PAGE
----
The exhibition “Layer by Layer: Storytelling with Saris” was on view at the gallery of the Brentwood Arts Exchange in Maryland from September 9 – October 19, 2013 and included a multi-media installation of saris, video, and combination prints on paper. The following link has installation images.
Layer by Layer: Storytelling with Saris
Monica Jahan Bose
in collaboration with the women of Katakhali, Bangladesh and filmmaker Nandita Ahmed.
Layer by Layer premieres the ongoing, collaborative printmaking and story project Her Words: Storytelling with Saris, highlighting the achievement of literacy by women in the remote island community of Katakhali, Bangladesh. Katakhali is artist/activist Monica Jahan Boseâ€™s ancestral village and part of an eco-empowerment program started by Samhati, a Maryland-based non-profit group founded by Bangladeshi-American women. Through Samhati, Bose and her mother Noorjahan have been engaged with the Katakhali program since 2000. In Storytelling with Saris, Bose collaborates with 12 Katakhali women who have survived successive cyclones, learned to read, and rebuilt their lives as they continue to improve their community. Through this project, Bose expanded her interest in printmaking to learn woodblock printing from the women of her ancestral village. In January 2013, she traveled to Bangladesh to organize writing workshops, create 24 collaborative woodblock prints on saris, and interview the women of Katakhali. New York-based Bangladeshi filmmaker Nandita Ahmed accompanied Bose to document the project using photography and video including the projections in this exhibition. Twelve of the saris Bose and the women of Katakhali created are displayed here as part of a sari and video installation, along with Boseâ€™s prints on paper using many of the same woodblocks. The other 12 saris were kept and worn by the women and will be borrowed for Boseâ€™s performance at the DUMBO Arts Festival on September 28-29, 2013 and the (e)merge art fair from October 3-6, 2013.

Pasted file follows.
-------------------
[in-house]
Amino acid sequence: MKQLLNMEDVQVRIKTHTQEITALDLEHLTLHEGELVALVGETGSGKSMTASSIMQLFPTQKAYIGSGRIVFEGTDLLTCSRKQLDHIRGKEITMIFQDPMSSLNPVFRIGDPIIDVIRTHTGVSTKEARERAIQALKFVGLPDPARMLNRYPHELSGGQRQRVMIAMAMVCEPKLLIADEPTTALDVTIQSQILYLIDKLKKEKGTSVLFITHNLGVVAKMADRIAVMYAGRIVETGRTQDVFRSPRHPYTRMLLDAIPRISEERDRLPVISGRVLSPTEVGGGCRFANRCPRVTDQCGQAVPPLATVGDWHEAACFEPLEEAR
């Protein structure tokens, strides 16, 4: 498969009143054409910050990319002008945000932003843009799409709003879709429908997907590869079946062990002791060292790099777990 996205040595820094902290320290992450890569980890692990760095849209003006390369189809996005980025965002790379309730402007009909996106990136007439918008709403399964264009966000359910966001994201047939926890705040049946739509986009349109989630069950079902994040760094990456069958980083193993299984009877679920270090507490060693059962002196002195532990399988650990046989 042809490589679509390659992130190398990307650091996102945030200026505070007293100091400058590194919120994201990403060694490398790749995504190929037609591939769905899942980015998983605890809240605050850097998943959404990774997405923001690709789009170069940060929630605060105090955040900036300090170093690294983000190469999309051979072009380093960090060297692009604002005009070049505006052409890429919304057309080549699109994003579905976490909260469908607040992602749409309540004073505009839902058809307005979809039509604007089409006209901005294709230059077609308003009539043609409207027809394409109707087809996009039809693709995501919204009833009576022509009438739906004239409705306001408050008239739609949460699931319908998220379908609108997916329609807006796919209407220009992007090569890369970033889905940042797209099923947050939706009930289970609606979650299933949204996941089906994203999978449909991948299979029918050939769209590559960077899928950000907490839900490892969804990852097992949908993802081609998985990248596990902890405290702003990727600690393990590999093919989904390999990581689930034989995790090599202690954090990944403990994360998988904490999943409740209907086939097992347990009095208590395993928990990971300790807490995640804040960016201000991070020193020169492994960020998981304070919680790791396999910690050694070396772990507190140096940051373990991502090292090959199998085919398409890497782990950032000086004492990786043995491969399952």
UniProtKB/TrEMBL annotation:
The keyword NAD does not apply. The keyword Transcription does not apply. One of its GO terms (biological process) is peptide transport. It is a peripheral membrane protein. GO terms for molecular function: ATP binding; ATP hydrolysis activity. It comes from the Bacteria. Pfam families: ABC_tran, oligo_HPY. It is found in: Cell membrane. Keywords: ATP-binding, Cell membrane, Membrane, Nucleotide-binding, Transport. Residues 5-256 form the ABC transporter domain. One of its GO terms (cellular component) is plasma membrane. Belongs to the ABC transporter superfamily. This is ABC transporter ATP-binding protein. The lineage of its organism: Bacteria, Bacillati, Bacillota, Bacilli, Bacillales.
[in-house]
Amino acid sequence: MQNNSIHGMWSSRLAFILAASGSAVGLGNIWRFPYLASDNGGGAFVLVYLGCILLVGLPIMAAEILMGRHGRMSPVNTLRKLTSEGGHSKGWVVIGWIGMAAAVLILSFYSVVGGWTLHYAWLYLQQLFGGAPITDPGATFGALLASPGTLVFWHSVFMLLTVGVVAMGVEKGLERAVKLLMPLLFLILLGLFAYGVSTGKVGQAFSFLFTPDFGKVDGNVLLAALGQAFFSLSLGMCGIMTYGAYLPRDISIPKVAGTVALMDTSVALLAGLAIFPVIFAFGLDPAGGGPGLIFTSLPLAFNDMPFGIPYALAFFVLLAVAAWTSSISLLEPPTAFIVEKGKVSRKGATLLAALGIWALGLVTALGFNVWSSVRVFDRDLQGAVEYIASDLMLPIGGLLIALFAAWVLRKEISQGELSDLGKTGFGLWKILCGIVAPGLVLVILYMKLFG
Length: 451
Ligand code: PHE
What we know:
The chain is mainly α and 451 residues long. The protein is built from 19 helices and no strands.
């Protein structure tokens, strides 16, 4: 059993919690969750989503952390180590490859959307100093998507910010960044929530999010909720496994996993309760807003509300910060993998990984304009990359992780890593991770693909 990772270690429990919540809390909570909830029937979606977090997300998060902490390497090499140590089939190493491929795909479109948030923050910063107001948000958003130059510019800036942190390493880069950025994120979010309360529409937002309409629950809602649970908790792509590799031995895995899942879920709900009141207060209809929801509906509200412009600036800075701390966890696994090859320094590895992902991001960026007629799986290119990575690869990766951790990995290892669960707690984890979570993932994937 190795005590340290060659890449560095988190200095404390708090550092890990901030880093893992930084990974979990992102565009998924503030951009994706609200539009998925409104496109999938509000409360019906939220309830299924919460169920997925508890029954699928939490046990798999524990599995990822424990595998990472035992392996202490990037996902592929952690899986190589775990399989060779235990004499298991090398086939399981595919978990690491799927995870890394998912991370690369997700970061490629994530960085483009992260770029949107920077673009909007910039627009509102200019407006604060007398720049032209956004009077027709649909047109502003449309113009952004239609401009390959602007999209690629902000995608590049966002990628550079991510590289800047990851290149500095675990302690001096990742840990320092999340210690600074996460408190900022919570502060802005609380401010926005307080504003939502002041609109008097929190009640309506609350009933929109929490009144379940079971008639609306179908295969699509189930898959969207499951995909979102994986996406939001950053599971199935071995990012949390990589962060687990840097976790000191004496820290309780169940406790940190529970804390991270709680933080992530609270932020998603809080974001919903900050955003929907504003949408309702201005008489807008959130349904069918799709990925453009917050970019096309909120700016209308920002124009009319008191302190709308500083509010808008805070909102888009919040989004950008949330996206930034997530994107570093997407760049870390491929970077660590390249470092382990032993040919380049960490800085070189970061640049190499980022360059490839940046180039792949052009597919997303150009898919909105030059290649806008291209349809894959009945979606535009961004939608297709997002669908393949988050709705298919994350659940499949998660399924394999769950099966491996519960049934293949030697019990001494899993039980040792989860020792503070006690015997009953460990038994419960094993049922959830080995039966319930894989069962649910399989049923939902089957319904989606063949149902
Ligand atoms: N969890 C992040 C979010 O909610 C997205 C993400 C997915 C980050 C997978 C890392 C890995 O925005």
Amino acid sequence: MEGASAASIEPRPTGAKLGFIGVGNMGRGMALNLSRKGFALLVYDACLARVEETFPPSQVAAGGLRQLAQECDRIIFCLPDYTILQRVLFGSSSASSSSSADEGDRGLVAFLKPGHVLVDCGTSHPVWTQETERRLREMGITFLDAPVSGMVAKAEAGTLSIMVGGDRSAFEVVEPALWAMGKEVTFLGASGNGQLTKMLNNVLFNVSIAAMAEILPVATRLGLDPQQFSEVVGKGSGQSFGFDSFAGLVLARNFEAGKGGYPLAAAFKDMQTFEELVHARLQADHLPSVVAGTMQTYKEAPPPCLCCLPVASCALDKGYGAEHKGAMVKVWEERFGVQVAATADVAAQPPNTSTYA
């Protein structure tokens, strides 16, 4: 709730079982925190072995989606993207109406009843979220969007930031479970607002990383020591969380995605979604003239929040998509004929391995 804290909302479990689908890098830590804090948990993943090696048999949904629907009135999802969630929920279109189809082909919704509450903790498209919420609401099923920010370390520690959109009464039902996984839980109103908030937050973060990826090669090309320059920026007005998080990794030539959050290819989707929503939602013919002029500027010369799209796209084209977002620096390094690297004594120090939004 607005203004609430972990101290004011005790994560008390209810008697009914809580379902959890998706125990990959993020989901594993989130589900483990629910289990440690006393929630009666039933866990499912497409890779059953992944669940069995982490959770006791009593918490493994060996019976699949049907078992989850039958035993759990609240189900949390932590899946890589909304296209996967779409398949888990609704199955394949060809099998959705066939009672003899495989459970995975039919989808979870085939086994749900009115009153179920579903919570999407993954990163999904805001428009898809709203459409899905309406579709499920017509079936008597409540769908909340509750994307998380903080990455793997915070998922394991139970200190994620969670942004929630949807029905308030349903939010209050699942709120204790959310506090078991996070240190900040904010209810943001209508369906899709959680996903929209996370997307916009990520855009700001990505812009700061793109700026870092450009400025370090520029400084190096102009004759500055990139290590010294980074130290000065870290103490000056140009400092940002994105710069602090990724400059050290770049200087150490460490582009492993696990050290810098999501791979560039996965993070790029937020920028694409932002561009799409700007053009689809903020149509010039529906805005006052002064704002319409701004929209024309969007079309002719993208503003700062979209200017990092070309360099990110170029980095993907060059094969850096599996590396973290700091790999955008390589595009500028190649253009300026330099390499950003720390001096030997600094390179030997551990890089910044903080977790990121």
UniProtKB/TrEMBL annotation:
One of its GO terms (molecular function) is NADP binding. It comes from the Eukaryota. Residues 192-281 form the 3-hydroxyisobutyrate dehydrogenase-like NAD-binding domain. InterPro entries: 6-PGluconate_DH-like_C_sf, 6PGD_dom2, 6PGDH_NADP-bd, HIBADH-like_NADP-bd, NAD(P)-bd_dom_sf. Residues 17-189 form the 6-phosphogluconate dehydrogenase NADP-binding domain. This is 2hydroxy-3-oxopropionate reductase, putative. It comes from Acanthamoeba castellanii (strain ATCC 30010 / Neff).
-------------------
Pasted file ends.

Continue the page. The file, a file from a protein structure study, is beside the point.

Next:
The multi-year Storytelling with Saris project continues with further writing by the 12 women in journals, more sari printing, performances using the saris, and discussions and workshops around the world, presenting the stories of an inspiring community that is impacted by climate change and expected to disappear.